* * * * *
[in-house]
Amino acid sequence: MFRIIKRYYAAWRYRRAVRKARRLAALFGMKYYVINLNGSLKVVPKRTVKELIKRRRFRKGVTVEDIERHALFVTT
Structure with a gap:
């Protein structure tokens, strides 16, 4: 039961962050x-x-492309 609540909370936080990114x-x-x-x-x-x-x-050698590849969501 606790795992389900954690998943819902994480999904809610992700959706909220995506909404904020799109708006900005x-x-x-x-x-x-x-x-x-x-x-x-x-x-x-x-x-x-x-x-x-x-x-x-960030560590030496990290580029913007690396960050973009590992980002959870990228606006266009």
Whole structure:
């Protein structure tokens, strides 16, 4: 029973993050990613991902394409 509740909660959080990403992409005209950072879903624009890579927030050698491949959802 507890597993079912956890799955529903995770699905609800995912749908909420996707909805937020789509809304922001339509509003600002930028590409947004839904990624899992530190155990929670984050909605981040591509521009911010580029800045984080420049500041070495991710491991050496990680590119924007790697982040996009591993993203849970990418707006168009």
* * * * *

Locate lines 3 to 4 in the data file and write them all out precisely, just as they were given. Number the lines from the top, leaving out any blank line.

Structure with a gap:
């Protein structure tokens, strides 16, 4: 039961962050x-x-492309 609540909370936080990114x-x-x-x-x-x-x-050698590849969501 606790795992389900954690998943819902994480999904809610992700959706909220995506909404904020799109708006900005x-x-x-x-x-x-x-x-x-x-x-x-x-x-x-x-x-x-x-x-x-x-x-x-960030560590030496990290580029913007690396960050973009590992980002959870990228606006266009």